If you have a herniated disc, you’re all too familiar with the neck or back pain that comes with it— radiating pain in your arms, hips, buttocks, or legs are common symptoms.
Just what causes a herniated disc?
Over time, discs can simply become worn down, a process called “disc degeneration.” Spinal discs lose some of their water content with age, making them less flexible and more at risk of rupturing, even with a seemingly-minor strain that comes with everyday living. While most patients can't pinpoint the cause of their herniated disc, others report that it was a powerful sneeze that caused a disc to rupture or tear.
Regardless of how the rupture occurs, when the liquid center of the disc spills out into the spinal column through the tear in the outer lining of the disc, painful, life-affecting symptoms can result.
What are your treatment options and which should you absolutely avoid?
What Is a Herniated Disc?
Herniated discs are sometimes called ruptured or slipped discs. When your spinal disc ruptures it sometimes causes nerves on the hard outer layer of the disc to become irritated. This causes pain in the area around the disc. If material from the inner disc causes spinal compression your symptoms may shoot out to other areas of your body, causing you to experience and combination of:
Weak muscles and muscle spasms
Herniated discs in your neck can cause the above symptoms in your shoulders and arms, while a herniated disc in the lower back can cause these symptoms to show up in your buttocks, thighs, and even your feet. These painful symptoms are also a common cause of sciatica.
Herniated Discs: The Basics
Over time discs can simply become worn down, a process called disc degeneration. Spinal discs lose some of their water content with age, making them less flexible and more at risk of rupturing, even with a seemingly-minor strain that comes with everyday living. While most patients can't pinpoint the cause of their herniated disc, others report that it was a powerful sneeze that caused a disc to rupture or tear!
When the liquid center of the disc spills out into the spinal column through the tear in the outer lining of the disc, painful, life-affecting symptoms can result.
The 3 Most Common Types of Herniated Discs
When you’re experiencing the effects of a herniated disc, the type of symptoms depends largely on the location and severity of the damaged disc.
Your spine is made up of three regions: cervical, thoracic, and lumbar. The soft-yet-strong discs that provide cushion for each section of your spine make it possible for your spine to support your upper body, maintain a wide range of motion, and support your head all at the same time.
The three main types of herniated discs are:
Lumbar herniated discs are between any of the vertebrae numbered 1 – 5 in the lower back. This is the most common type of herniated discs, as it supports so much weight and movement. Tingling, numbness, and lower body muscle weakness are all symptoms of a lumbar herniated disc.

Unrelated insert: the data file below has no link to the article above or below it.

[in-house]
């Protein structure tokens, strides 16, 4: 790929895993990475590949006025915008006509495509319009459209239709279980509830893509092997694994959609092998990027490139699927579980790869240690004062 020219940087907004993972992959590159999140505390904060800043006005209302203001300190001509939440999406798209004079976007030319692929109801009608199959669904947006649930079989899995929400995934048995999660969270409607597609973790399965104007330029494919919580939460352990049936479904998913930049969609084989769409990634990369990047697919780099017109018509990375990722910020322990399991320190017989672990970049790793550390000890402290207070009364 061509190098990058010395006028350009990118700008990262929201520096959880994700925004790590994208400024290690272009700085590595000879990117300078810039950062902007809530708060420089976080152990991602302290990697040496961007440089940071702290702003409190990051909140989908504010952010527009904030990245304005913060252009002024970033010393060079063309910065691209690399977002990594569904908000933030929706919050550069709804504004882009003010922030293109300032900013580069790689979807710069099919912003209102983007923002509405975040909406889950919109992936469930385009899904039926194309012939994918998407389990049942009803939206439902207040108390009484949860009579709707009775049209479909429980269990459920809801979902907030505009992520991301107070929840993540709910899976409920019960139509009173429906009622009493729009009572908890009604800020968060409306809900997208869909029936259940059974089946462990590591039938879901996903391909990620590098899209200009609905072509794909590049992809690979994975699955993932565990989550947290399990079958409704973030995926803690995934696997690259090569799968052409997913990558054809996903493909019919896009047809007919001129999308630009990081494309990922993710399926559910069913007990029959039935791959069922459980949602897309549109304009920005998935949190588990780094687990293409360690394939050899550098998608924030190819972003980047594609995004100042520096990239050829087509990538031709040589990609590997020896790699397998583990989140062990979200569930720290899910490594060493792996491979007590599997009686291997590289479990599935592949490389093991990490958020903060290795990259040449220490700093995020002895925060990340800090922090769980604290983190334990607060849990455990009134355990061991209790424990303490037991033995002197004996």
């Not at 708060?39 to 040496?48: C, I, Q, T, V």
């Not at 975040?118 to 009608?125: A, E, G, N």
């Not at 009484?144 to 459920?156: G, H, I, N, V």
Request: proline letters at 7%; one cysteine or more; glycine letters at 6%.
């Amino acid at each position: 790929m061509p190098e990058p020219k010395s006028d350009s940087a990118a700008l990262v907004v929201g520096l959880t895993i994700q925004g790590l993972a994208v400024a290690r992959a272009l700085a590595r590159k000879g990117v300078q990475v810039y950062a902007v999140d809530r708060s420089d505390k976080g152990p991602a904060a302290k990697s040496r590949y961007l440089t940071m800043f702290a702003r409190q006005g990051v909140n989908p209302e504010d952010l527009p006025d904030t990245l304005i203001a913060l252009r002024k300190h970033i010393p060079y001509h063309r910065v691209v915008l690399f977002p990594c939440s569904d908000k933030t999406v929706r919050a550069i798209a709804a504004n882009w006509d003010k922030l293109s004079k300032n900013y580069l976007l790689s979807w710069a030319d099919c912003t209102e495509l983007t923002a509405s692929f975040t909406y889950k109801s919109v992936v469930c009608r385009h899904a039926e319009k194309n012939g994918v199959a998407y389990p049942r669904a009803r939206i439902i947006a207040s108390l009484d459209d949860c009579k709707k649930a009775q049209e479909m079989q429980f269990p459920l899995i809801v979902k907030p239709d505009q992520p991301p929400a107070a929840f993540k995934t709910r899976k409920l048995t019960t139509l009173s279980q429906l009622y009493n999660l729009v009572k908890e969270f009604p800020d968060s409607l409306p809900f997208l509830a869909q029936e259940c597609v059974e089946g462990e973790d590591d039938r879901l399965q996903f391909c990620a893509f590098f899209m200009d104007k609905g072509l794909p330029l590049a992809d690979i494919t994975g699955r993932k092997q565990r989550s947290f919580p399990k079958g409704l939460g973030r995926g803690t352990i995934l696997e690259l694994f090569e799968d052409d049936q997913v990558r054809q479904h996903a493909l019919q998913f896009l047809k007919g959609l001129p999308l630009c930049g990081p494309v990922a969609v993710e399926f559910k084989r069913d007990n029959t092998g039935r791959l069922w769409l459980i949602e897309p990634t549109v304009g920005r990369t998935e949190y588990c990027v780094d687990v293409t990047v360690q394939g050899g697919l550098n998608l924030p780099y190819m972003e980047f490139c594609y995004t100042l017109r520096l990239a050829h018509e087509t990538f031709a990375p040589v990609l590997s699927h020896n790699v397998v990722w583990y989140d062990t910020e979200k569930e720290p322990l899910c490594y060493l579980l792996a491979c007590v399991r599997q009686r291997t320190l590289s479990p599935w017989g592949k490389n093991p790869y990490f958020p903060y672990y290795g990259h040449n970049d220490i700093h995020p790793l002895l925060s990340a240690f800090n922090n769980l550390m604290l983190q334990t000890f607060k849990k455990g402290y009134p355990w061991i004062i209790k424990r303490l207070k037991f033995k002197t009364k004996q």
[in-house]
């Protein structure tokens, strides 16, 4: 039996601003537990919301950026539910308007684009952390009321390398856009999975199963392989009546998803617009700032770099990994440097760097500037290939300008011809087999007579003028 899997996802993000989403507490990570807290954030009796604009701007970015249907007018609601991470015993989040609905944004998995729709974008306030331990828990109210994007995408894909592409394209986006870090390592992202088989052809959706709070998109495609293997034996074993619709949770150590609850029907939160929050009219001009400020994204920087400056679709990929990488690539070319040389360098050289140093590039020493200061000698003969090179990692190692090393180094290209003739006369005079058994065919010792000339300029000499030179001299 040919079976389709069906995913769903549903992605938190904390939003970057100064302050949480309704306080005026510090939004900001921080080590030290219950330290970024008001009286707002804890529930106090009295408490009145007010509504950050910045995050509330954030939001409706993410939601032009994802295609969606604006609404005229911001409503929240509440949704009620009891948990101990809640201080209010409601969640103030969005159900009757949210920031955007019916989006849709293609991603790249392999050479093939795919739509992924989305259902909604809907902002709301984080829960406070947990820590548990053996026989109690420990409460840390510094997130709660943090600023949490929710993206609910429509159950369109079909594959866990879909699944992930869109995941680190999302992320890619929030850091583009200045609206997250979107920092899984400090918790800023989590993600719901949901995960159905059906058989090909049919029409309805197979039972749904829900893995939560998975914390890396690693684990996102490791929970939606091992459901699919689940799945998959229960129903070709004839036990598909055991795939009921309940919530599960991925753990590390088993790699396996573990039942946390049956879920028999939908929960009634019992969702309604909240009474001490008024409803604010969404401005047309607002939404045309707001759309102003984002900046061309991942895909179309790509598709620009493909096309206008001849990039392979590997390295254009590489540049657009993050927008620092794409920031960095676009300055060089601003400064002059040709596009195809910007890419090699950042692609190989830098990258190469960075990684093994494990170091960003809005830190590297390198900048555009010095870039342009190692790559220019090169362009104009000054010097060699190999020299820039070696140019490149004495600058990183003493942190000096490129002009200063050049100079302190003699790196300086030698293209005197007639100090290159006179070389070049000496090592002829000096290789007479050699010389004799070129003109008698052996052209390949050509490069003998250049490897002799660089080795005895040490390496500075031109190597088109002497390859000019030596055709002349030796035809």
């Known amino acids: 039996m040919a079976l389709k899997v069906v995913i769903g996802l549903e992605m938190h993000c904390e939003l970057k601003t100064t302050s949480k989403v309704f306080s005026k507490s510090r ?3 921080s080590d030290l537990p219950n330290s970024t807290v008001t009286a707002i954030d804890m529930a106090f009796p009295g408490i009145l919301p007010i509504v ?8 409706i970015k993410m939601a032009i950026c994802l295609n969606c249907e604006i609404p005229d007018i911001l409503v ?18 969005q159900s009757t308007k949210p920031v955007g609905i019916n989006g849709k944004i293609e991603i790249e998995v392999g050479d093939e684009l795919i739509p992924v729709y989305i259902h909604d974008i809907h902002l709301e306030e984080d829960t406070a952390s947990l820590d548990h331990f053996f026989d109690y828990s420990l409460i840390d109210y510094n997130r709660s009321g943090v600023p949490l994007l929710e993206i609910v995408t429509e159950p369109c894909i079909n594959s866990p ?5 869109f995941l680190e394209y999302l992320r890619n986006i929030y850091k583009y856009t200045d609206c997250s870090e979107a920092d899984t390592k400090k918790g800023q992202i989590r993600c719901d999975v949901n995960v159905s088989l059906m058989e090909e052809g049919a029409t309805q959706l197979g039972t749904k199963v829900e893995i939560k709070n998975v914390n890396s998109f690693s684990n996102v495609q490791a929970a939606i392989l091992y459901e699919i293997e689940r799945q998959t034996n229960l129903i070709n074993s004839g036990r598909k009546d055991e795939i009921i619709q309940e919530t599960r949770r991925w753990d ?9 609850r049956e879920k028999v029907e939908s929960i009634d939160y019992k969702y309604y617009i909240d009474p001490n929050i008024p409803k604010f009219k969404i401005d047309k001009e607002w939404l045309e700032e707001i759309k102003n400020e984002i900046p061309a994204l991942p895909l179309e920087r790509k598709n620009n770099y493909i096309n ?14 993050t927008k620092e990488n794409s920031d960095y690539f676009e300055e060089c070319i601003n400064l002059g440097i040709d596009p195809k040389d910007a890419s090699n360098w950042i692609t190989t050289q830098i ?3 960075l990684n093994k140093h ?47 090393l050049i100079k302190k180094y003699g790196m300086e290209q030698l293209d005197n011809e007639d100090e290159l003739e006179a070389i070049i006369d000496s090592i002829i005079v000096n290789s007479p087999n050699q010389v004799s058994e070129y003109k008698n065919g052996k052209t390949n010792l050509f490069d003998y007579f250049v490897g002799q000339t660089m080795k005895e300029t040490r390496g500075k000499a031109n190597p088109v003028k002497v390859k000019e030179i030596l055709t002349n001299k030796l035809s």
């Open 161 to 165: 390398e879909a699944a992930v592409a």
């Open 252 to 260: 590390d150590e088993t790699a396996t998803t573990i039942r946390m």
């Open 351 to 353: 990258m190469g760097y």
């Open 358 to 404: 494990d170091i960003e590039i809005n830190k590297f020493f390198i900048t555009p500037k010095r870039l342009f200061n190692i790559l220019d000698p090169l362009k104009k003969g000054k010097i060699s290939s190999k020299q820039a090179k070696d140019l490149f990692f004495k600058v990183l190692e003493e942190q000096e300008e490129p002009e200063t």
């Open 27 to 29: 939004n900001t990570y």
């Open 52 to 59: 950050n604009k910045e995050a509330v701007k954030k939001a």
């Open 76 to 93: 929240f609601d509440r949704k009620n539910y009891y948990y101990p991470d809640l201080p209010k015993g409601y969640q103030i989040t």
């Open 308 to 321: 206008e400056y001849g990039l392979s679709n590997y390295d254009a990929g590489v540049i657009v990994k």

Cervical herniated discs. These are located between any of the vertebrae numbered 1 – 7 in the neck, and have the complex task of supporting and moving your head. Symptoms here can begin in the neck and travel out to the shoulders, arms, and hands. Shooting pain, numbness, and impaired fine motor skills are also common symptoms of cervical herniated discs.
Thoracic herniated discs are found between any of the vertebrae numbered 1 – 12 in the middle back. This type of herniated disc is comparatively rare since vertebrae are attached to the rib cage and don’t move. A traumatic injury such as a car accident is more likely to cause thoracic herniated discs, rather than age alone. Pain symptoms are usually reported in the chest and abdomen.
Treatment for Herniated Discs
A combination of treatment options can be used through at least the first six weeks of pain and discomfort:
Ice and heat therapy for pain relief
Medications including ibuprofen, naproxen, or COX-2 inhibitors
Narcotic pain medications
Surgery is also a widely-used treatment option for a herniated disc, including an operation that surgically removes the entire damaged disc. However, surgery carries with it inherent risks, and its long-term effectiveness is becoming more widely questioned. Instead, many patients are turning to chiropractic care and experiencing huge relief.
Options include chiropractic care as well as non-surgical spinal decompression tables. Surgery should be a last resort when no other treatments have been effective.
Chiropractic Care for Herniated Discs
Chiropractic care thoroughly assesses your medical history while factoring in the results of a physical exam, orthopaedic, and neurological tests. Everything from your posture to reflexes is thoroughly considered.
Chiropractic care is always focused on you as an individual and your body as a whole. Even if, for example, you only have lower back pain, chiropractic care assesses your entire spine for overall functioning. What happens in one area of your spine can have a huge impact on other parts of your spine and body.
A common and powerful chiropractic treatment for a herniated disc is known as spinal manipulation, or adjustment, which applies gentle pressure to the affected areas. Many patients report experiencing instant pain relief. Then, your ongoing individual treatment plan is customized to your pain levels, activity, overall health, and more.
You shouldn’t have to struggle with pain that interferes with your enjoyment of daily life - especially when relief can be simple and long-lasting. Make an appointment online or call our team at (949) 649-8790 so our team can collaborate on helping you feel better right away.
Information in this article is not a substitute for medical advice.